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Photo # NH 103901:  First Lieutenant Jack Lummus

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First Lieutenant Jack Lummus, USMCR, (1915-1945)

Jack Lummus was born on 22 October 1915 in Ennis, Texas. He attended Ennis High School and Texas Military College before earning an athletic scholarship to Baylor University. Leaving his studies early, Lummus played professional baseball for Wichita Falls, Texas, and was expected to play for the New York Giants when he enlisted in the Marine Corps Reserve in January 1942. After recruit training at Marine Recruit Depot, San Diego, California, Lummus served there and at Mare Island, California. In the fall of 1942 he attended the Officer Candidate Course at Quantico, Virgina, receiving his commission as a Second Lieutenant in December. Returning to California, Lummus served as an instructor at Camp Elliott's Infantry School until transferring to Raider Battalion duty at Camp Pendleton in June 1943. In January 1944, he was assigned to the Second Battalion, Twenty-seventh Marines, Fifth Marine Division, taking command of a company a few months later. In mid-1944 his battalion went to Hawaii, where it was stationed at Camp Tarawa.

With his unit, First Lieutenant Lummus landed on Iwo Jima on 19 February 1945, and he served as a rifle platoon leader during the desperate struggle for that island. On 8 March 1945, while taking his platoon forward against well-planned Japanese fortifications, enemy fire halted the advance. Lummus individually attacked and destroyed two strong Japanese positions, despite being injured in both assaults. Returning to his platoon, he made a third attack, destroying another strong point. Still moving foward against the enemy defenses, Lummus was mortally wounded by a land mine. For his "conspicuous gallantry and intrepidity at the risk of his life" he was posthumuously awarded the Medal of Honor. Jack Lummus is buried at Myrtle Cemetery, Ennis, Texas.

USNS 1st LT Jack Lummus, (T-AK-3011), 1986-____, is named in honor of First Lieutenant Lummus.

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Photo #: NH 103901

First Lieutenant Jack Lummus, USMCR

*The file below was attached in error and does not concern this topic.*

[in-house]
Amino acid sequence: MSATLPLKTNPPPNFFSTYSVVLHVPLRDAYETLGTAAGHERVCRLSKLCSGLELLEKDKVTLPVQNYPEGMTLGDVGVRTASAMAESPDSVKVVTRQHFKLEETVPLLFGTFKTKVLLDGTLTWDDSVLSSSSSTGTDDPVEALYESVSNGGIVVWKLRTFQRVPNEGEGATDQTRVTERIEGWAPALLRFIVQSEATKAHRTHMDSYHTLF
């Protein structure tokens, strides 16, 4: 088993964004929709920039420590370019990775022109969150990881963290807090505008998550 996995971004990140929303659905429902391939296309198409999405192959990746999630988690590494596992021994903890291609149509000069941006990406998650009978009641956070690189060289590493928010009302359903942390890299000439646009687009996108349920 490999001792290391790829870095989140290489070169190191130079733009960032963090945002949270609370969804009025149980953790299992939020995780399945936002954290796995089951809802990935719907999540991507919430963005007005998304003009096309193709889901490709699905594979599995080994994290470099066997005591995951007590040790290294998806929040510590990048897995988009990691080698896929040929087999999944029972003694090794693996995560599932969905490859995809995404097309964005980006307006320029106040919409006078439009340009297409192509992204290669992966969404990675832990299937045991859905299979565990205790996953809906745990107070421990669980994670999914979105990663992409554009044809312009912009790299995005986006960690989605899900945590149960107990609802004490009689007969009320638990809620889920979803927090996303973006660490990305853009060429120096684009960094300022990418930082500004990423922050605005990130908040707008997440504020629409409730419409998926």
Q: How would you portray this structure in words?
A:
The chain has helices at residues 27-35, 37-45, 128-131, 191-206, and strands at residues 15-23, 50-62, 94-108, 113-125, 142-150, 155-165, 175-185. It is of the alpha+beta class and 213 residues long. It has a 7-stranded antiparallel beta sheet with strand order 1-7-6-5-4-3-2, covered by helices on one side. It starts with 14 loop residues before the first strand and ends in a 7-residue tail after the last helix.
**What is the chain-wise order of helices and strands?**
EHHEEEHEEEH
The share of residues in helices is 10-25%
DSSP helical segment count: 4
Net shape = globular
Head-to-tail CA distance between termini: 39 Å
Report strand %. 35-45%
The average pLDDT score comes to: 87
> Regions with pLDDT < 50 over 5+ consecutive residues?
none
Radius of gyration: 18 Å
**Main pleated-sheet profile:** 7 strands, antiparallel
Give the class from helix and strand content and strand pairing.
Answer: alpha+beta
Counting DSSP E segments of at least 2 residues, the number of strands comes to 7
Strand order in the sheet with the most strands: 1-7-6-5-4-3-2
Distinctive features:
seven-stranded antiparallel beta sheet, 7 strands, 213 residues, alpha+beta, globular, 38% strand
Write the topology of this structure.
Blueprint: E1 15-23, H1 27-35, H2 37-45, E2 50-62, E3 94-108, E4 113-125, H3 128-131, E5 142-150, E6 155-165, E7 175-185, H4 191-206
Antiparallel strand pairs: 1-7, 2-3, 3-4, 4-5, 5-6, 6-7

Halftone reproduction of a photograph, copied from the official publication "Medal of Honor, 1861-1949, The Navy", page 220.
Jack Lummus received the Medal of Honor, posthumously, for "conspicuous gallantry and intrepidity at the risk of his life" on 8 March 1945, during the Battle of Iwo Jima.

U.S. Naval Historical Center Photograph.

Online Image: 67KB; 615 x 765 pixels


Medal of Honor citation of First Lieutenant Jack Lummus, USMCR (as printed in the official publication "Medal of Honor, 1861-1949, The Navy", page 220):

"For conspicuous gallantry and intrepidity at the risk of his life above and beyond the call of duty while as Leader of a Rifle Platoon attached to the Second Battalion, Twenty-seventh Marines, FIFTH Marine Division, in action against enemy Japanese forces on Iwo Jima in the Volcano Islands, 8 March 1945. Resuming his assault tactics with bold decision after fighting without respite for two days and nights, First Lieutenant Lummus slowly advanced his platoon against an enemy deeply entrentched in a network of mutually supporting positions. Suddenly halted by a terrific concentration of hostile fire, he unhesitatingly moved forward of his front lines in an effort to neutralize the Japanese position. Although knocked to the ground when an enemy grenade exploded close by, he immediately recovered himself and, again moving forward despite the intensified barrage, quickly located, attacked and destroyed the occupied emplacement. Instantly taken under fire by the garrison of a supporting pillbox and further assailed by the slashing fury of hostile rifle fire, he fell under the impact of a second enemy grenade but, courageously disregarding painful shoulder wounds, staunchly continued his heroic one-man assault and charged the second pillbox, annihilating all the occupants. Subsquently returning to his platoon position, he fearlessly traversed his lines under fire, encouraging his men to advance and directing the fire of supporting tanks against other stubbornly holding Japanese emplacements. Held up again by a devasting barrage, he again moved into the open, rushed a third heavily fortified installation and killed the defending troops. Determined to crush all resistence, he led his men indomitably, personally attacking foxholes and spider traps with his carbine and systematically reducing the fanatic opposition, until, stepping on a land mine, he sustained fatal wounds. By his outstanding valor, skilled tactics and tenacious perserverance in the face of overwhelming odds, First Lieutenant Lummus had inspired his stouthearted Marines to continue the relentless drive northward, thereby contributing materially to the success of his regimental mission. His dauntless leadership and unwavering devotion to duty throughout sustain and enhance the highest traditions of the United States Naval Service. He gallantly gave his life in the service of his country."

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Page made 12 July 2006
New information added 29 August 2006